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Respiratory adaptation is the specific changes that the respiratory system undergoes in response to the demands of physical exertion. Intense physical exertion, such as that involved in fitness training, places elevated demands on the respiratory system. Over time, this results in respiratory changes as the system adapts to these requirements. These changes ultimately result in an increased exchange of oxygen and carbon dioxide, which is accompanied by an increase in metabolism. Respiratory adaptation is a physiological determinant of peak endurance performance, and in elite athletes, the pulmonary system is often a limiting factor to exercise under certain conditions.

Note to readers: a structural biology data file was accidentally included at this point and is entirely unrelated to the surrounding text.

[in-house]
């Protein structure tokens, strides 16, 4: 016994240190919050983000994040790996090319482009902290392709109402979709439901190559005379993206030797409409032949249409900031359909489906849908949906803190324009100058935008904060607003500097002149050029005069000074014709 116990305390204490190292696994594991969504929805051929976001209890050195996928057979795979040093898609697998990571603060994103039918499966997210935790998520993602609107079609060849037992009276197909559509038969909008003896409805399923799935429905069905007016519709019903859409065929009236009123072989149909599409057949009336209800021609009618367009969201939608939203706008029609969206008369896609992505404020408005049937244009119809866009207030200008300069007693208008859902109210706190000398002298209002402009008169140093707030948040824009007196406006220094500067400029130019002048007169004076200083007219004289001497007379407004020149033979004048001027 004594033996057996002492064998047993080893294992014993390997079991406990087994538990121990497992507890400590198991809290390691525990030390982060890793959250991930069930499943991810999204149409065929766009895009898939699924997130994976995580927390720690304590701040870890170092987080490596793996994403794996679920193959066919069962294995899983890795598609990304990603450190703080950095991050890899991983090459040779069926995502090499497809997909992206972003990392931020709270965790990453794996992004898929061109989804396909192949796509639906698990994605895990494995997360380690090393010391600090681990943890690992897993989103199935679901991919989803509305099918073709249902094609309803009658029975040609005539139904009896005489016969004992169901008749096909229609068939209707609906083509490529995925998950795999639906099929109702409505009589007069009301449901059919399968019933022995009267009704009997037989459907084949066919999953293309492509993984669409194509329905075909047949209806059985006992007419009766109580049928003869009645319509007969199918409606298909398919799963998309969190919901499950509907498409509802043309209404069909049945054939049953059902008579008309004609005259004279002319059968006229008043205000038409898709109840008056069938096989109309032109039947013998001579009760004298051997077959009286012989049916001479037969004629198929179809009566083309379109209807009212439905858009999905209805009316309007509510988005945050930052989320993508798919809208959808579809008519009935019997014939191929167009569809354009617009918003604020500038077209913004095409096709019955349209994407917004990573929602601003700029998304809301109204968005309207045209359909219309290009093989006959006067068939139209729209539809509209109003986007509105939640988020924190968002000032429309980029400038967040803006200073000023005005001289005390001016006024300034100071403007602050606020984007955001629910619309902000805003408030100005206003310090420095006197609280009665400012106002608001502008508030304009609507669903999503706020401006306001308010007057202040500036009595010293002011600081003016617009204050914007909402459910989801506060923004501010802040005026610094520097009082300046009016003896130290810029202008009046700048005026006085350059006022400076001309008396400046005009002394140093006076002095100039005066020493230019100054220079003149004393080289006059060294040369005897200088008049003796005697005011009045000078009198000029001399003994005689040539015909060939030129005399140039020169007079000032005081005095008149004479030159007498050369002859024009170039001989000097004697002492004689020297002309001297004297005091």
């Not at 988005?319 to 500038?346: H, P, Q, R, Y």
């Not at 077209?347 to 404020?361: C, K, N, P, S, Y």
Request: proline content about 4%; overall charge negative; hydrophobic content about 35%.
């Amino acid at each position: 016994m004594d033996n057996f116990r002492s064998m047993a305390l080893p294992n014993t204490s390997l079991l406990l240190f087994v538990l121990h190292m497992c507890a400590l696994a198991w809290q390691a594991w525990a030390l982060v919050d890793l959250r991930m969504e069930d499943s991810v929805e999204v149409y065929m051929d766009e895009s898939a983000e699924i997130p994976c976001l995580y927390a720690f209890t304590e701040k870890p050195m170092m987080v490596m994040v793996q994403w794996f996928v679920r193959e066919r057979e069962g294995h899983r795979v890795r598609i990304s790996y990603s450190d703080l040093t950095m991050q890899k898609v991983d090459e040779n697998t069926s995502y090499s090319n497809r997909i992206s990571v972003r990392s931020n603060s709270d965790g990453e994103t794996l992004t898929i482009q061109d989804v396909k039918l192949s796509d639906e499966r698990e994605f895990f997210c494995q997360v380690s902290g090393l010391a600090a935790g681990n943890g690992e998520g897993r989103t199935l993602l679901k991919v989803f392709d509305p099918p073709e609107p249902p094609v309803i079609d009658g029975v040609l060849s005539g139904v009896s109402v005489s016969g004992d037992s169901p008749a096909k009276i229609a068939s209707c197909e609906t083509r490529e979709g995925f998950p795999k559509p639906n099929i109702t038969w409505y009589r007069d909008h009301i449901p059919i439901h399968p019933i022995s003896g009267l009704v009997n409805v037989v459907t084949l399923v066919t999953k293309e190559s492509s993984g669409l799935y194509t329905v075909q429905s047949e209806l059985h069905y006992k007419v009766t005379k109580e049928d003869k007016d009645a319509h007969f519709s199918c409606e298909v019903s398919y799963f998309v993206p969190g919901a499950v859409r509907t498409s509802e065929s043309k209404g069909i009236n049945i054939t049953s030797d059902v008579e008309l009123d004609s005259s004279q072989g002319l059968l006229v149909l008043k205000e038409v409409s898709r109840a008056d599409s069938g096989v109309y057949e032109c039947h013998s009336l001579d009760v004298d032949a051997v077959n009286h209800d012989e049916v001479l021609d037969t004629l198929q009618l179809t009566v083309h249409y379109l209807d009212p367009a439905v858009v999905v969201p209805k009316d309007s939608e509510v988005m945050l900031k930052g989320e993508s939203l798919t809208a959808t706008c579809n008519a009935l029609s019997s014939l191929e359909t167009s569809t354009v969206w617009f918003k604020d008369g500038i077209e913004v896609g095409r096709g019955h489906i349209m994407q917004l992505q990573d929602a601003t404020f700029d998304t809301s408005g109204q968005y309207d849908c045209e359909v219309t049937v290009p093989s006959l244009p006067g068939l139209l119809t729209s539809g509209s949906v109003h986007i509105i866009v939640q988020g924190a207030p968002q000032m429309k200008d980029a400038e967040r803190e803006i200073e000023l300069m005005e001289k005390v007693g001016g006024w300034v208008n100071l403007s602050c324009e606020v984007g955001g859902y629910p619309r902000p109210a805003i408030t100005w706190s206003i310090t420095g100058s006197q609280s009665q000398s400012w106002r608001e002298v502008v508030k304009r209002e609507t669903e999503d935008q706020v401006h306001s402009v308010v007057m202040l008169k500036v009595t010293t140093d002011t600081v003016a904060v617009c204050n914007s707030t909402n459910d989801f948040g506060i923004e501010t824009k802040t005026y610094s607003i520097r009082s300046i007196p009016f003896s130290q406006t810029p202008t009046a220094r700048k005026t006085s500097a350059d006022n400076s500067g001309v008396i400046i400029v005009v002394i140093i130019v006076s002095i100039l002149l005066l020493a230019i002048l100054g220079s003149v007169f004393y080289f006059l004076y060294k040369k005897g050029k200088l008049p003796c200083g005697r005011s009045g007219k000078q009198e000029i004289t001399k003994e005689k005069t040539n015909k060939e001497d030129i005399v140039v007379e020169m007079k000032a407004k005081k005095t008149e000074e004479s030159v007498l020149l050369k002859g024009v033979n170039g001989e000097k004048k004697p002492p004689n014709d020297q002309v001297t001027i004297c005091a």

Respiratory adaptation begins almost immediately after the initiation of the physical stress associated with exercise. This triggers signals from the motor cortex that stimulate the respiratory center of the brain stem, in conjunction with feedback from the proprioreceptors in the muscles and joints of the active limbs.
With higher intensity training, breathing rate is increased in order to allow more air to move in and out of the lungs, which enhances gas exchange. Endurance training typically results in an increase in the respiration rate.
Muscles involved in respiration, including the diaphragm and intercostal muscles, increase in strength and endurance. This results in an improved ability to breathe in more air, for longer amounts of time with less fatigue. Aerobic training typically improves the endurance of respiratory muscles, whereas anaerobic training tends to increase the size and strength of respiratory muscles. 
Exercise increases the vascularization of the lungs. This allows the more blood flow in and out of the lungs. This enhances the uptake of oxygen, since there is greater surface area for blood to bind with haemoglobin.
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